August 30, 2017


Some misconceptions

Download this episodeConstipation. It’s a problem that’s difficult to discuss, but it shouldn’t be as there are a number of misconceptions about this common ailment. One of these is that a bowel movement every day is necessary. Another erroneous belief is that wastes stored in the body are reabsorbed and are dangerous to your health, that they produce medical diseases or shorten life span. These misconceptions have led to a marked overuse and abuse of laxatives and procedures such as colonic irrigation. Constipation means that a person has fewer than three bowel movements in a week or has hard stools that are difficult to evacuate. At one time or another, almost everyone gets constipated. Although it may be extremely bothersome, constipation itself usually is not serious. However, particularly if symptoms persist or recur, it may be a symptom of another underlying disorder such as low thyroid hormone levels or even colorectal cancer.

Not a disease

Download this episodeConstipation is often thought of as a decrease in frequency of stools and many people believe they are constipated if they do not have a bowel movement each day. This is wrong, as many people have as few as three bowel movements each week and are perfectly healthy. For many, constipation means having to strain to have bowel movements, passage of small hard stools or a sense that they have not completely emptied after bowel movements. The American College of Gastroenterology defines constipation based upon symptoms, including unsatisfactory defecation with either infrequent stools, difficult stool passage or both. In most cases, constipation is a symptom, not a disease and can be caused by many different conditions. Any significant change in bowel habits, if persistent, may be cause for concern and should be reported to a doctor. In most cases an occasional episode of constipation will correct itself with time, proper hydration, and a healthy diet.

Serious side effect

Download this episodeOpioids like hydrocodone and oxycodone are commonly prescribed to relieve chronic pain. These medications are effective because they block pain signals by attaching to receptors throughout the nervous system. Unfortunately, they can cause serious side effects like dizziness, nausea and constipation. Opioid-induced constipation, or OIC, is caused when opioids attach to the receptors in the gut, lengthening the amount of time it takes stool to pass through the gastrointestinal system. Peristalsis is the movement the muscles around the intestines make to squeeze stools through the gut. Opioids can slow or stop peristalsis by sending messages along the nerves inside the intestines and spine. OIC is different from the kind of constipation caused by not getting enough fiber in your diet or by not drinking enough water. Certain medications can be prescribed to treat OIC and stop opioids from attaching to opioid receptors in the gut.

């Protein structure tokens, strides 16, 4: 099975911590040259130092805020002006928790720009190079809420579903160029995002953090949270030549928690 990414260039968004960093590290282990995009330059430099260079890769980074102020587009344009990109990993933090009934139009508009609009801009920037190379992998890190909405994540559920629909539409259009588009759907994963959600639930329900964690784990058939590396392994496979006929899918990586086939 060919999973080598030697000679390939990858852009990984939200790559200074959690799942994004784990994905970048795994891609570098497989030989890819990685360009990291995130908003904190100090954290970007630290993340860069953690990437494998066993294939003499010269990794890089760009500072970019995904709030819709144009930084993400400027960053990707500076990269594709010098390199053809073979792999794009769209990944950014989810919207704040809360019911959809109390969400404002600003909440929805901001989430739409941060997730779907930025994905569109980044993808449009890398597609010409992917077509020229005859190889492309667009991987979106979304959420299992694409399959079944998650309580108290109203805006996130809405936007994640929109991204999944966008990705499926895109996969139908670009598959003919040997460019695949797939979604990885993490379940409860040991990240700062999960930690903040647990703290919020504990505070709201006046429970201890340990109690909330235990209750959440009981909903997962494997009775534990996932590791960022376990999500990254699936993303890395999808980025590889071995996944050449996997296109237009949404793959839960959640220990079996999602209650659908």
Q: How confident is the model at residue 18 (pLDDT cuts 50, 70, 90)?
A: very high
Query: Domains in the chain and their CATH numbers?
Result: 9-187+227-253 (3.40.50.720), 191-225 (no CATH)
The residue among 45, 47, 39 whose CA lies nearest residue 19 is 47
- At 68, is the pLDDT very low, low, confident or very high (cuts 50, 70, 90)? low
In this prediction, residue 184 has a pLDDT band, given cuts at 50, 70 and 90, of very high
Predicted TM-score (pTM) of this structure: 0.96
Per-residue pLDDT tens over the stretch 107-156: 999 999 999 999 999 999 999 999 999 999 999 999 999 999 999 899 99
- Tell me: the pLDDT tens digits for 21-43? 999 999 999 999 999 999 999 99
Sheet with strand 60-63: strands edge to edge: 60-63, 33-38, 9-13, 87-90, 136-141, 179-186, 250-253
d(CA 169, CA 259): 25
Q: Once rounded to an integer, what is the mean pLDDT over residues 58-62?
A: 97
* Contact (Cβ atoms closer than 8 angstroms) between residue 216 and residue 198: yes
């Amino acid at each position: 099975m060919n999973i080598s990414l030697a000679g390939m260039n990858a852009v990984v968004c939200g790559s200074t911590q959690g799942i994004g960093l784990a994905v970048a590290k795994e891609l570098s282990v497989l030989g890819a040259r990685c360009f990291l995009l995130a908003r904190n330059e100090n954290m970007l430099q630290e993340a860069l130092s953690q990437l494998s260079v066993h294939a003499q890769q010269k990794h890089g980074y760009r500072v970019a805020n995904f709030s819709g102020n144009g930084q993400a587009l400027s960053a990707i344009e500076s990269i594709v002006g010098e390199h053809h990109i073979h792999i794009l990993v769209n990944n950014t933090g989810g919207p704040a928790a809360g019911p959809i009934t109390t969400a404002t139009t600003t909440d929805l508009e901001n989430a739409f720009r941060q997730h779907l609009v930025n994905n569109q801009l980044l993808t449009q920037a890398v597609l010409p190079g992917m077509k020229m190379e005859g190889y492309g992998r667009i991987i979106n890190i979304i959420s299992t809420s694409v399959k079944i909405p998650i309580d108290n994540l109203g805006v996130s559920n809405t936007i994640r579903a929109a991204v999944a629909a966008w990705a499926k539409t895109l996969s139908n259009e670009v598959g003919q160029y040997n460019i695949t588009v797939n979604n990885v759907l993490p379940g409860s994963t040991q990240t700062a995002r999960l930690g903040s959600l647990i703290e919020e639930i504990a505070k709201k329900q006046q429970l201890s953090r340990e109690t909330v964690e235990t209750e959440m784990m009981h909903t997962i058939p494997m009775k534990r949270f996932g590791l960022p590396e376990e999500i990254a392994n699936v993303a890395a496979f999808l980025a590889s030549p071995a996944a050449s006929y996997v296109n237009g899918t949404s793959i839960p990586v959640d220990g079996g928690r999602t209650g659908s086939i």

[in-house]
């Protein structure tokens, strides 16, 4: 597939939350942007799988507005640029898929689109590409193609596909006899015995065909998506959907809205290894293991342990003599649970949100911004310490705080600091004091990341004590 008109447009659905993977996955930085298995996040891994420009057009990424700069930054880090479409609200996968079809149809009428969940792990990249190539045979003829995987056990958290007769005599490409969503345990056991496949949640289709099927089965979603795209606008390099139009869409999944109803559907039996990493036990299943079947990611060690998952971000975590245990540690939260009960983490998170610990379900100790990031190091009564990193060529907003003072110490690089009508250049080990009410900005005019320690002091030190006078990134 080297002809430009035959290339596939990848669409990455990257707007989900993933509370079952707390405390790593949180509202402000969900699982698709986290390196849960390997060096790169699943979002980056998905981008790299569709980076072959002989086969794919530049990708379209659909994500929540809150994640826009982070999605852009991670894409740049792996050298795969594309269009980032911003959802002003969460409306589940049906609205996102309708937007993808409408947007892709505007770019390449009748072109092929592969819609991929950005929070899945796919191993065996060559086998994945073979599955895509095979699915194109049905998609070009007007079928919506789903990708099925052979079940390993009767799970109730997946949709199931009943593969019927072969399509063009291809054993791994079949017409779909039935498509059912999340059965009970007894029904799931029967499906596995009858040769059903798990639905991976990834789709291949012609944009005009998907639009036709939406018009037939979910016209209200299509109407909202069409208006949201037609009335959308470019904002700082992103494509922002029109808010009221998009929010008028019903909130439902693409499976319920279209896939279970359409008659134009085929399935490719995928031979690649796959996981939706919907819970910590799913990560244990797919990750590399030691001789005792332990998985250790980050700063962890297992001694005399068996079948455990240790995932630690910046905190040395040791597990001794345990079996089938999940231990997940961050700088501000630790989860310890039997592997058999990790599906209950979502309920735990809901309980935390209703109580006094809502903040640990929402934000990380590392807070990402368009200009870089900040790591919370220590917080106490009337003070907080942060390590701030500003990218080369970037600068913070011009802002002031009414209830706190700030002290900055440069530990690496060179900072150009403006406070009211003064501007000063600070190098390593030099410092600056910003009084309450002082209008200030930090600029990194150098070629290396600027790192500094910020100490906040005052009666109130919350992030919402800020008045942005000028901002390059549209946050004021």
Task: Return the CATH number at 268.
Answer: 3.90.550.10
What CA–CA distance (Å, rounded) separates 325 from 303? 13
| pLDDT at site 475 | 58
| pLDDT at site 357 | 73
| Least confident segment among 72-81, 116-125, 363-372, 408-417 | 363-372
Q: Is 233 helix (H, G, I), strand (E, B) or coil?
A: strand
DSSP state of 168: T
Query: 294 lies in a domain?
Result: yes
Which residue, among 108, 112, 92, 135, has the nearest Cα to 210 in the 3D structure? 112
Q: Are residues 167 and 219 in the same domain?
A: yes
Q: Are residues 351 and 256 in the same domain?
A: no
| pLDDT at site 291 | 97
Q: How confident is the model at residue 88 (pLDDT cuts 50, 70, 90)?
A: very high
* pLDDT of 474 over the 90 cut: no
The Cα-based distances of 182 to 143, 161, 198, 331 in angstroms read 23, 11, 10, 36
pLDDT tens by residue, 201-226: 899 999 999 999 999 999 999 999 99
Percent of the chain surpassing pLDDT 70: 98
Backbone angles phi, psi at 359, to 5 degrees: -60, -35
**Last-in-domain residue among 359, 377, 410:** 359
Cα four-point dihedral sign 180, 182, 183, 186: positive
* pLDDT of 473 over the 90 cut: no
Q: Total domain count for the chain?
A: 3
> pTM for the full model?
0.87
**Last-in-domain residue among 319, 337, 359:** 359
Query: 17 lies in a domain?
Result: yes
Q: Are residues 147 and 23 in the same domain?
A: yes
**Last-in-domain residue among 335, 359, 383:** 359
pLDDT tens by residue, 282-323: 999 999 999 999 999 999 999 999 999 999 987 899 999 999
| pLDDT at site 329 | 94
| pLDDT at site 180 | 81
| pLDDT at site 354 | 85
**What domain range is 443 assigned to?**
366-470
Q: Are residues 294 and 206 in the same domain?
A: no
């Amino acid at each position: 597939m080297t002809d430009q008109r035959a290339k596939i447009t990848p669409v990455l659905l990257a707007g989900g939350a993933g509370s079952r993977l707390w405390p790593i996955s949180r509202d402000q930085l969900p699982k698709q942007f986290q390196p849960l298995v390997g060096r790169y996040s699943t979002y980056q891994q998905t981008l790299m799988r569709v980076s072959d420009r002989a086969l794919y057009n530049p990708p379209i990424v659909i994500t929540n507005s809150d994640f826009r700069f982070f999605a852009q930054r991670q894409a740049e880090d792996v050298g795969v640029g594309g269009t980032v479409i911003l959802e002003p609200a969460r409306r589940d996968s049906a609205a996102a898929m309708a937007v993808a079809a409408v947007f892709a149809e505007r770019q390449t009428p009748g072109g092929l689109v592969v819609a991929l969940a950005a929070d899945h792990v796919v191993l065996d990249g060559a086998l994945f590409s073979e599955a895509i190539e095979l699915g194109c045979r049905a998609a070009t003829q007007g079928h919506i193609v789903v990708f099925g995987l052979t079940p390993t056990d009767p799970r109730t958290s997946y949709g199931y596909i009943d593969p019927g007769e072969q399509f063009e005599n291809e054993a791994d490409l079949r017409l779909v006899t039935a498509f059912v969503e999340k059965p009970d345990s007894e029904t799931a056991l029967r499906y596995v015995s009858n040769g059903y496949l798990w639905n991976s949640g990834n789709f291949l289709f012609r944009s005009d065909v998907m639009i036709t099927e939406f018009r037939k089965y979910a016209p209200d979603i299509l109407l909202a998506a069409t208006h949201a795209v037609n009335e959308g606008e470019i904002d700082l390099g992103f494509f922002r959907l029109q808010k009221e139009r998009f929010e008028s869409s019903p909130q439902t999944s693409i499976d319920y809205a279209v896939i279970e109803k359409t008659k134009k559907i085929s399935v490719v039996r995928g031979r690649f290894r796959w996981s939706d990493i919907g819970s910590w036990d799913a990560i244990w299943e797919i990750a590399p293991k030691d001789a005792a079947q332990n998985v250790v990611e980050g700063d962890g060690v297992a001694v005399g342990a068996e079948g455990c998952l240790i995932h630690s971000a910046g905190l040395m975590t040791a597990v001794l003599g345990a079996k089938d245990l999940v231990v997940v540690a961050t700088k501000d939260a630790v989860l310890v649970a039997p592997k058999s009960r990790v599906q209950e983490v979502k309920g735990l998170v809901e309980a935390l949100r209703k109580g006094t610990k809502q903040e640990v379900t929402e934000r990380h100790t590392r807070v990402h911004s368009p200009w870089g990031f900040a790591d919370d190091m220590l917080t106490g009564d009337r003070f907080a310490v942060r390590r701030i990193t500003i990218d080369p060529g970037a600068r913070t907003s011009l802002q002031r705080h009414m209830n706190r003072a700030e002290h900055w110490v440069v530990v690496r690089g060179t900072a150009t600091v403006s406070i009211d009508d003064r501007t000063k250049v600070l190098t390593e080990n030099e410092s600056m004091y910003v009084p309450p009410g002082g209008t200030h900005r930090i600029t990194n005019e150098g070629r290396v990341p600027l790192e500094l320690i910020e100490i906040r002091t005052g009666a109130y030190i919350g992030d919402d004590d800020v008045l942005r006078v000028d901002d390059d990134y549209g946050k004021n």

A well-balanced diet

Download this episodeWhen evaluating constipation, it’s important to realize that not everyone has the same frequency when it comes to bowel movements. When symptoms develop, it is important to rule out systemic conditions or medications which may be the cause of constipation. When other causes have been excluded, chronic constipation can generally be thought of as either slow movement of stool through the colon or difficulty evacuating it once it reaches the rectum, sometimes both. Testing can help determine which type of constipation is present. Slow stool transit is managed with medications to help move stools through the colon. For most people however, a healthy diet and lifestyle can lessen the chances of constipation. A well-balanced diet that includes fiber-rich foods, such as wholegrain bread, and fresh fruits and vegetables, is recommended. Drinking plenty of fluids and exercising regularly will help to stimulate intestinal activity.

Dietary fiber

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Dietary fiber from fresh vegetables, whole grains, and legumes, as well as bulk laxatives such as psyllium seed are the most effective initial treatment for occasional constipation. Dr. Conan Mustain of the UAMS Division of Colon and Rectal Surgery says that fiber will also prevent problems with hemorrhoids and may even help with weight loss. If stools are excessively hard or dry, pulling in extra water with an osmotic laxative such as Miralax is safe and effective. Dr. Mustain says that stool softeners are generally recommended for patients after childbirth or surgery. Unfortunately, they are not very effective for severe types of chronic constipation. Stimulant laxatives such as Dulcolax and Senna pull electrolytes and water into the colon as well as stimulating the muscles in the bowel wall to contract. These are generally safe and very effective but prolonged daily use can cause electrolyte imbalance. It’s important to report significant changes in bowel habits to a doctor as tests may be needed to determine the cause and rule out more serious conditions.

Trusted by thousands of listeners every week, T. Glenn Pait, M.D., began offering expert advice as the host of UAMS’ “Here’s to Your Health” program in 1996. Dr. Pait began working at UAMS in 1994 and has been practicing medicine for over 20 years.